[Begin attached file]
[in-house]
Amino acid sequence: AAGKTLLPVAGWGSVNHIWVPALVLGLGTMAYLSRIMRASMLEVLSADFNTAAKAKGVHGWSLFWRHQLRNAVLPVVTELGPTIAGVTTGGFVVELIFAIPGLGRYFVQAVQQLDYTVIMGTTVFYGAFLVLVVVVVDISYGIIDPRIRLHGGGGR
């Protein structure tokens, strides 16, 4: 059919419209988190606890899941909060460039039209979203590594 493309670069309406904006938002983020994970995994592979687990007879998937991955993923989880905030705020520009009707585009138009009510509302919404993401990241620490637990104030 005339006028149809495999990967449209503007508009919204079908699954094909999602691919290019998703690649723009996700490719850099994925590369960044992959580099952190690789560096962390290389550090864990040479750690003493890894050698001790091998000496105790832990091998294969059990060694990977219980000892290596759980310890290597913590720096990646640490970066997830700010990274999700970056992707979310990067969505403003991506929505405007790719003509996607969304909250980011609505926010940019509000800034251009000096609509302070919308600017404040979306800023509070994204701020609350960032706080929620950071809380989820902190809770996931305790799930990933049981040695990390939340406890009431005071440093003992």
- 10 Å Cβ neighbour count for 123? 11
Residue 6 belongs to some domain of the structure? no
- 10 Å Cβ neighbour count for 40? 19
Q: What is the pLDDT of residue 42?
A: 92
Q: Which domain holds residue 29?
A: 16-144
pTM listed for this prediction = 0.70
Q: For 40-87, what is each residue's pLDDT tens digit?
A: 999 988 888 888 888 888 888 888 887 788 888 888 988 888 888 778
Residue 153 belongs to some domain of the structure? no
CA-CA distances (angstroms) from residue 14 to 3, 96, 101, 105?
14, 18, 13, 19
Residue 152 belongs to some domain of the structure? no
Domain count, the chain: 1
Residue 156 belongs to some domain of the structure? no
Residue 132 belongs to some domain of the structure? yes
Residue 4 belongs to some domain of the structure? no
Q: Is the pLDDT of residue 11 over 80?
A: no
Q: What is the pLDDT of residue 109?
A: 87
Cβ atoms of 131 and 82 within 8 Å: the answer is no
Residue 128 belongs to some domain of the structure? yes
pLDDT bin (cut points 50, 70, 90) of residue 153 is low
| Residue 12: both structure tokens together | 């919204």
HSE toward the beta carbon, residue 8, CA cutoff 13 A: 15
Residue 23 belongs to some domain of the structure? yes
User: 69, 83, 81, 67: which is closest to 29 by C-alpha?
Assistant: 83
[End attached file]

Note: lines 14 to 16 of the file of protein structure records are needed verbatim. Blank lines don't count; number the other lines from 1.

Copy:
Residue 153 belongs to some domain of the structure? no
CA-CA distances (angstroms) from residue 14 to 3, 96, 101, 105?
14, 18, 13, 19